Featured pieces on different film subjects.
By Vica Smirnova
As with Antonio López Garcia, who follows nature, Victor Erice creates a palimpsest of times, or, rather, of traces of their presence, insisting on conventionality of end and beginning. In the end the camera, which for a long time shared a place with the artist, is left in solitude. Different mediums will create a semblance of finality; of something that doesn’t finish or, on the contrary, finishes in every moment of painting and filming.
By Lauren Bliss*
In early 2015, the Indonesian experimental film co-operative Lab laba laba (Spider Lab) restored for exhibition a large number of propaganda films that had been produced in the abandoned film studios of the State Production Film Centre (PFN) in Jakarta. Having been left to the elements for nearly 12 years, the PFN was once the central film production house of New-Order era Indonesia.
By Victor Bruno
Over the last few months—starting with the release of Ricki and the Flash (2015) on home video—I developed an interest in Jonathan Demme’s cinema. As I watched his films, I developed a few ideas and scratched some notes on them about his ideas, interests and general style. That, by coincidence, happened to coincide with shifts on ideas of my own. Some of these notes were abbreviated and became my entry on MUBI’s Notebook fantasy double-feature pool.
By Vica Smirnova
Since the 1930s Hopper has been quoted endlessly: De Mille and Siodmak, Hitchcock and Lynch. Hopper’s infinite stylizations reproduced the same effect of subtraction of the human, priority of space over its character. In his Victorian cottages, deserted cafes and hotels, a character was present only to point out his own insignificance. Hopper invented an absent America, and having fallen in love with its own reflection, it forgot about the author, as if this landscape had materialized out of thin air and had existed from the start.
By Luke Scerri
It is an unfortunate undeniable occurrence that in film criticism, the importance of the musical contribution to the transformation of the art form is quite often overlooked, or underestimated because of several other factors that seem to strike the viewer at first glance. Bertolucci’s Last Tango In Paris is certainly no exception.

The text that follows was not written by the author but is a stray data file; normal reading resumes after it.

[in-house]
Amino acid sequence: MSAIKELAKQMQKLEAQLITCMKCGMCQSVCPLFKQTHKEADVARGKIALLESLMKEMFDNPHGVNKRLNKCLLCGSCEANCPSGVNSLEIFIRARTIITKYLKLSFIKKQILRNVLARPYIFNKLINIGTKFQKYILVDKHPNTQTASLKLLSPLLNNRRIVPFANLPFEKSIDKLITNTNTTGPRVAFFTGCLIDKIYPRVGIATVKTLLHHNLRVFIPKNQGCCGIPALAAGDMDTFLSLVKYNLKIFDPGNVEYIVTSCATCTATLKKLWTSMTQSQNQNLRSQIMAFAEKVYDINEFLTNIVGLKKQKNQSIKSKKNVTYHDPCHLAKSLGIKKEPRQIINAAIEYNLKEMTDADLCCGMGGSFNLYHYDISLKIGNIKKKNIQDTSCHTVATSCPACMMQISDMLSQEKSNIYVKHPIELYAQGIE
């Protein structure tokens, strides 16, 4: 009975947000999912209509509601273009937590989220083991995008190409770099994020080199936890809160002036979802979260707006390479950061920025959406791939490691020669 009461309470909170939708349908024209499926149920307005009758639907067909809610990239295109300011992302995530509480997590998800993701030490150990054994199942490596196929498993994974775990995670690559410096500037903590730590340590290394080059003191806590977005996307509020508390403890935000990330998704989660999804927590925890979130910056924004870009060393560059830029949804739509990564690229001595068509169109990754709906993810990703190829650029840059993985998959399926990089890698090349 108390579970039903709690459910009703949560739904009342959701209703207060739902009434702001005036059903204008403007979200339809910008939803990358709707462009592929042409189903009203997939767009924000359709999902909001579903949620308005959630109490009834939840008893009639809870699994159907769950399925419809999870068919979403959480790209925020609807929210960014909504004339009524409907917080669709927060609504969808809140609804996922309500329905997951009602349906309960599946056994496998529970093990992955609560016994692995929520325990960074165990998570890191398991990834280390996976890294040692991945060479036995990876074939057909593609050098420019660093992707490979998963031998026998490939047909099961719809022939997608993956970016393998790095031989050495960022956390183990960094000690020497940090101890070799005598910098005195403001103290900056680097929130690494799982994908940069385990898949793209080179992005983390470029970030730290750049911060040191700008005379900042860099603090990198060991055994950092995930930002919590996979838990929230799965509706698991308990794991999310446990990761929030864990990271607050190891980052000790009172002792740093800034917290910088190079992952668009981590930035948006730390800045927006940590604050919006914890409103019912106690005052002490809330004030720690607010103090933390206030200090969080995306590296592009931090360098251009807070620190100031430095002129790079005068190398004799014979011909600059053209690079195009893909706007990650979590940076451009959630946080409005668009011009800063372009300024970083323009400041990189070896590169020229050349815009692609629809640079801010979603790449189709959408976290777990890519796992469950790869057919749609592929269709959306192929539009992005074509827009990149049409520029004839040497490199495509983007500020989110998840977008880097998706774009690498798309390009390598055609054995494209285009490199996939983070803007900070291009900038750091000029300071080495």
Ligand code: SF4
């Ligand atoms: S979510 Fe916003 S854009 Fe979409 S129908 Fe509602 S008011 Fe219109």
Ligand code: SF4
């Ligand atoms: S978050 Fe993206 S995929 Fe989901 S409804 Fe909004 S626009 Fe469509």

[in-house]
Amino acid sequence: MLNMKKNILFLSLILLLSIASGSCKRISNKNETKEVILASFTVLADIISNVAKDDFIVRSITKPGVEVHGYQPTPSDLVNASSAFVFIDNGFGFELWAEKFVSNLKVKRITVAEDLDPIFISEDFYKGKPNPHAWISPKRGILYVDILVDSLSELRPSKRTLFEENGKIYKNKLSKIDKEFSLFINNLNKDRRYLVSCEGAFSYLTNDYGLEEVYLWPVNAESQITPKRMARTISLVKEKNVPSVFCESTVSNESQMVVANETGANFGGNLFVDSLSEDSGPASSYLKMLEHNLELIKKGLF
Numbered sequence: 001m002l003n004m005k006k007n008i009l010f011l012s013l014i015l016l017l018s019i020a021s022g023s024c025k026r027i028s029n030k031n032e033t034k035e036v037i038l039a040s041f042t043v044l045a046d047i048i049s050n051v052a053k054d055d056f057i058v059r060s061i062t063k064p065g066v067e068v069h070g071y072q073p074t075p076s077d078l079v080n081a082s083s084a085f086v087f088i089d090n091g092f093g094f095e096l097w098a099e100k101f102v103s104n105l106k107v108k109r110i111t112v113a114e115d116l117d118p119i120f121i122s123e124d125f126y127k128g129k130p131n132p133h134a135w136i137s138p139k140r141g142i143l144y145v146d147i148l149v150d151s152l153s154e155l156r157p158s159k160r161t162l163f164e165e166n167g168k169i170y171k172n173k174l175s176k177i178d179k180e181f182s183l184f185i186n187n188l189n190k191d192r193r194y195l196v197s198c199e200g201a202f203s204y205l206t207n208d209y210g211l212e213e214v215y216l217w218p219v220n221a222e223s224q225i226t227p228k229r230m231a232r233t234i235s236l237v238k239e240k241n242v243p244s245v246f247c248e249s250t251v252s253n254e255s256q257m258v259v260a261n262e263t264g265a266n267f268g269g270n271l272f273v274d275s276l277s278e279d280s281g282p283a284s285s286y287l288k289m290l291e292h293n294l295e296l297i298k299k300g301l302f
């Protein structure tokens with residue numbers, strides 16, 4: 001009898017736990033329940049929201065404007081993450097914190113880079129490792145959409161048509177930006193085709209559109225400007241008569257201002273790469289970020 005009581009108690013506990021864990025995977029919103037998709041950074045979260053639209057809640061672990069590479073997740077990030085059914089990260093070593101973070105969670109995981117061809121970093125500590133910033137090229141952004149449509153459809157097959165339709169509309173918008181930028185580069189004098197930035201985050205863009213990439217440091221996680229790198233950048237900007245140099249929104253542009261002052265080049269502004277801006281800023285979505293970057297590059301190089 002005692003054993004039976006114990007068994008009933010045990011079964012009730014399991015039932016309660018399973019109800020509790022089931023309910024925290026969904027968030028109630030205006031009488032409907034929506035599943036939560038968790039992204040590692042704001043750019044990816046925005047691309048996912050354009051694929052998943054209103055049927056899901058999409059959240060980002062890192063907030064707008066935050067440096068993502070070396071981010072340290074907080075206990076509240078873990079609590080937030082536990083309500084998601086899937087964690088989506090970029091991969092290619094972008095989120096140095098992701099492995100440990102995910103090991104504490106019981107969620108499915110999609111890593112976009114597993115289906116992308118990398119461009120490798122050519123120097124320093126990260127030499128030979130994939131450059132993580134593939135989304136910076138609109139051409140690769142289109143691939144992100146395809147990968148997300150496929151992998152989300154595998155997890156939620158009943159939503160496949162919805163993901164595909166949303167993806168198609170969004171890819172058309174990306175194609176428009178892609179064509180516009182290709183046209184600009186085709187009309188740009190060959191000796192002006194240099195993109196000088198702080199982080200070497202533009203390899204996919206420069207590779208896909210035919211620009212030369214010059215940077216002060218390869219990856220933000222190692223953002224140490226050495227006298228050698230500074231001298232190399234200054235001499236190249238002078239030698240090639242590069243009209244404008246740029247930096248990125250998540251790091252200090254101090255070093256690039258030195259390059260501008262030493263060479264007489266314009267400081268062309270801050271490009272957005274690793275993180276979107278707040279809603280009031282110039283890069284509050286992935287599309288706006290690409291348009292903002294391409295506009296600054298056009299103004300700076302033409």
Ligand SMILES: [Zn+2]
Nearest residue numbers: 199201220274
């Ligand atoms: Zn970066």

By Claudia Siefen
In all this passivity, ignorance and awkwardness wrapped up in cotton wool, Céline (Lou-Lelia Demerliac) is such a strong character almost inappropriate for a child. The camera and framing (Jean-Philippe Bouyer) stays close to the protagonists that you literally feel the cramped confines. Here the so called grown up world means not to mention certain things, to play the game of not talking.
By Claudia Siefen
Onishi Kenji was born in 1973 in Mie Prefecture, located on the biggest japanese island of Honsh. He began making films with a second-hand 8mm camera, which he obtained during his high school days. In 1995 he founded the filmmaking group “Cinema Train” in Tokyo, a company that distributes films by young Japanese filmmakers and screens underground and avant-garde work from overseas. Here the filmmakers are invited and also united for the individual expression and a desire for a space to share their ideas. In 2007 Onishi worked as a cinematographer for Oguchi Yoko’s Real Access Discommunication. Onishi has made more than 100 films since 1990, ranging from Super-8 studies of light to full-length features filled with drugs and violence. I will be introducing some of them here, brought together on his DVD collection “Selected Works Of Kenji Onishi“.